| May 22, 2008: we
took a road trip for a couple of days down to Canberra where there was
a (very disappointing) art exhibition called The Triumph of Landscape:
From Turner to Monet. It should have been called Lousy Landscapes with
a Few Gems. But the countryside we saw for real was very beautiful
and inspiring for the pôchades
in my sketchbook. A highlight is always visiting the New South Wales
country towns with their wonderful 19th-century architecture.
Roos rampant atop the old Mechanics' Institute in Yass, a town of a few thousand near Canberra that a century ago was a contender for the role of national capital because it, like Canberra, was more or less half-way between the metropolises of Sydney and Melbourne. Unlike hilly Yass, which had been a town since the 1820s, Canberra was effectively a blank slate easily adapted to the ideals of grand urban planning. Canadians will recognize in this the saga of Ottawa aka "Queen Victoria's Revenge," equidistant more or less from Toronto and Montreal. And like the case of Ottawa, where nobody from Toronto, Montreal (or Vancouver) wants to move, Canberra is shunned: it's blazing in summer, freezing in winter and lacks a certain je ne sais quoi in the quality of its neighbourhoods and cultural scene. However, there have recently been billboards posted in the congested subway stations in Sydney stating, "If you lived in Canberra, you'd be home by now." Ditto for Adelaide, the quiet little capital city of South Australia, which has been advertising its easier, cheaper lifestyle to the drudges of the big cities.
-one of the few things I as a child knew about Australia, besides Skippy the Bush Kangaroo and Koala Lumpur, was that it had a Flying Doctor Service to reach the remote stations of the Outback. The RFDS celebrated its 80th birthday last week.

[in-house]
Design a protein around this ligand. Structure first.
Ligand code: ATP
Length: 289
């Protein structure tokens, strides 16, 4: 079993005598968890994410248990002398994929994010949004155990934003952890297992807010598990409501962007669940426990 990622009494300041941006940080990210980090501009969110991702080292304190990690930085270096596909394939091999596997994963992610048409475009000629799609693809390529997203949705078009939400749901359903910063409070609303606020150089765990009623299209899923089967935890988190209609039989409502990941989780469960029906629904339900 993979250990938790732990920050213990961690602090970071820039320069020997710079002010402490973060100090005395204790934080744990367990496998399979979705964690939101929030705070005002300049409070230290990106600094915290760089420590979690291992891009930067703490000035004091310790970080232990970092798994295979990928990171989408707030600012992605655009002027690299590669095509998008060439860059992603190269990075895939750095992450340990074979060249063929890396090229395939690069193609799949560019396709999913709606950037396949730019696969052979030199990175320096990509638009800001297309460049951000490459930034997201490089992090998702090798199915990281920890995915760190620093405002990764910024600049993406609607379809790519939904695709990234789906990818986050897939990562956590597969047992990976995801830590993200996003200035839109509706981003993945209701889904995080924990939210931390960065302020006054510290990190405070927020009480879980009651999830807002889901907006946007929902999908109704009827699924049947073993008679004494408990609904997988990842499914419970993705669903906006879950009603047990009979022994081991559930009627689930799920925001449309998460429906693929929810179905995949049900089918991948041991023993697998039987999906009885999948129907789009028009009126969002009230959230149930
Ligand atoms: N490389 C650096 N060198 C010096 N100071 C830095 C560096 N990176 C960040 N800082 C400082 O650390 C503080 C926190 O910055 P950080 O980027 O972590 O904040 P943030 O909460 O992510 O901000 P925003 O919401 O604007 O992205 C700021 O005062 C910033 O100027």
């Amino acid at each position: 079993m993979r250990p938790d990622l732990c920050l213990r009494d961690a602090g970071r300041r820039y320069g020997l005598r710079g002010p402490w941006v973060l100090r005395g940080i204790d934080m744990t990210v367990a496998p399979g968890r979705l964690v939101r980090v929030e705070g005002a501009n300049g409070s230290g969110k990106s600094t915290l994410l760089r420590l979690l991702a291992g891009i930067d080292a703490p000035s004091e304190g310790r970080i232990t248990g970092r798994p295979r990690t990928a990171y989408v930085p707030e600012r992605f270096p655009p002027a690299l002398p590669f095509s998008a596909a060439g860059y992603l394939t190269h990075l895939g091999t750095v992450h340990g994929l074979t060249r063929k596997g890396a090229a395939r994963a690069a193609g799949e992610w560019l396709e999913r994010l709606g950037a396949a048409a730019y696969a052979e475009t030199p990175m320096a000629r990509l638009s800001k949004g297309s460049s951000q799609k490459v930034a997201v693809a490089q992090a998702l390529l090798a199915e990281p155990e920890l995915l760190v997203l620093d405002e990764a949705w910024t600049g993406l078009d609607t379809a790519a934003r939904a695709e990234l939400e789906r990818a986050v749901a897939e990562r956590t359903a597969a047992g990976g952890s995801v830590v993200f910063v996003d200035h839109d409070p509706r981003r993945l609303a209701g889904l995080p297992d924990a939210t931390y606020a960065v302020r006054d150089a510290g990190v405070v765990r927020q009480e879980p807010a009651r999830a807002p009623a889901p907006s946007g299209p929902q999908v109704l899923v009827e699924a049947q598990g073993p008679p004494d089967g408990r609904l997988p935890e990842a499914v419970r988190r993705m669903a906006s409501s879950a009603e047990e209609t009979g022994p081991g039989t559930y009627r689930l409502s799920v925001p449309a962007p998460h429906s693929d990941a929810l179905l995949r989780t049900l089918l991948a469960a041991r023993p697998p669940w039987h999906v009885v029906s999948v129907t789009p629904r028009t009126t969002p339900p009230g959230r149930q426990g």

-while we were away, the local JWs visited Roland's at Flat 2 and, finding him unwilling to answer the door, left this splendid brochure with cover by the noted religious artist Two-Moose Lautrec. How come he was so lucky, we asked ourselves?
Roland felt it provided a mystic connection with our upcoming trip to Canada, as it featured us with our Aussie tans in a recognizably bounteous northern landscape.
Ergo, the Oz-blog ends for a while as we're on a plane in two days for Vancouver to spend a few weeks. One of the reasons for the trip was because the City of Vancouver was planning the Mayor's Arts Awards, at which my Vancouver Remembered would formally receive its book prize and I would receive a much-needed fame injection. I put off booking as long as possible, to make sure they had confirmed the date for the ceremony on the 26th of May. Then an email arrived the other day saying, in effect, sorry we have to postpone the awards ceremony for a month -- will you still be here? I wonder often (increasingly often) why I bother.
-and finally, before we go away I wanted to put up the bare-bones beginnings of a new project, an A-Z from an immigrant's point-of view, just to get it out of mind and onto the (web)page. As with some of my previous projects, especially Vanishing British Columbia, it's going to grow on-line with suggestions from readers and hopefully become a publishable work. Look for old ads, new collages, watercolours, quotations, paintings and poems that illuminate the uniqueness of this country. For true-blue fair-dinkum Aussies, "ute" and "Chesty Bond" seem like normal words, but for the rest of us it's almost a new culture.